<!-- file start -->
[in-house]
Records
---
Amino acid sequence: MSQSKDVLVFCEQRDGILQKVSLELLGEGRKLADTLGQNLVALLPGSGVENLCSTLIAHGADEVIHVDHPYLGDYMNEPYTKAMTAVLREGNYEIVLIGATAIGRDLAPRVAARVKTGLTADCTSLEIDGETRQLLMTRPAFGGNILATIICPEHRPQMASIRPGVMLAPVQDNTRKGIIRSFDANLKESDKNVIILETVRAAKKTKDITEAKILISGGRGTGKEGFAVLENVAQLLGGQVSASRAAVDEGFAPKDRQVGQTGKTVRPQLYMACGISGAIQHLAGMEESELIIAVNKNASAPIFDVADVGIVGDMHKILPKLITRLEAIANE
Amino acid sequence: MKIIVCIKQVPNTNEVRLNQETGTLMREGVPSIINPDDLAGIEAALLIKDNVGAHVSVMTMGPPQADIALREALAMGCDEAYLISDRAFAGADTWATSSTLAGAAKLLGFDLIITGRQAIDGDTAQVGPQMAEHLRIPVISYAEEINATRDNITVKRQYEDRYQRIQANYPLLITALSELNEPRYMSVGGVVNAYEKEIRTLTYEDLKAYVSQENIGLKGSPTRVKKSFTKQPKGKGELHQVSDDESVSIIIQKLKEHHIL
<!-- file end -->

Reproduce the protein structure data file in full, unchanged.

[in-house]
Records
---
Amino acid sequence: MSQSKDVLVFCEQRDGILQKVSLELLGEGRKLADTLGQNLVALLPGSGVENLCSTLIAHGADEVIHVDHPYLGDYMNEPYTKAMTAVLREGNYEIVLIGATAIGRDLAPRVAARVKTGLTADCTSLEIDGETRQLLMTRPAFGGNILATIICPEHRPQMASIRPGVMLAPVQDNTRKGIIRSFDANLKESDKNVIILETVRAAKKTKDITEAKILISGGRGTGKEGFAVLENVAQLLGGQVSASRAAVDEGFAPKDRQVGQTGKTVRPQLYMACGISGAIQHLAGMEESELIIAVNKNASAPIFDVADVGIVGDMHKILPKLITRLEAIANE
Amino acid sequence: MKIIVCIKQVPNTNEVRLNQETGTLMREGVPSIINPDDLAGIEAALLIKDNVGAHVSVMTMGPPQADIALREALAMGCDEAYLISDRAFAGADTWATSSTLAGAAKLLGFDLIITGRQAIDGDTAQVGPQMAEHLRIPVISYAEEINATRDNITVKRQYEDRYQRIQANYPLLITALSELNEPRYMSVGGVVNAYEKEIRTLTYEDLKAYVSQENIGLKGSPTRVKKSFTKQPKGKGELHQVSDDESVSIIIQKLKEHHIL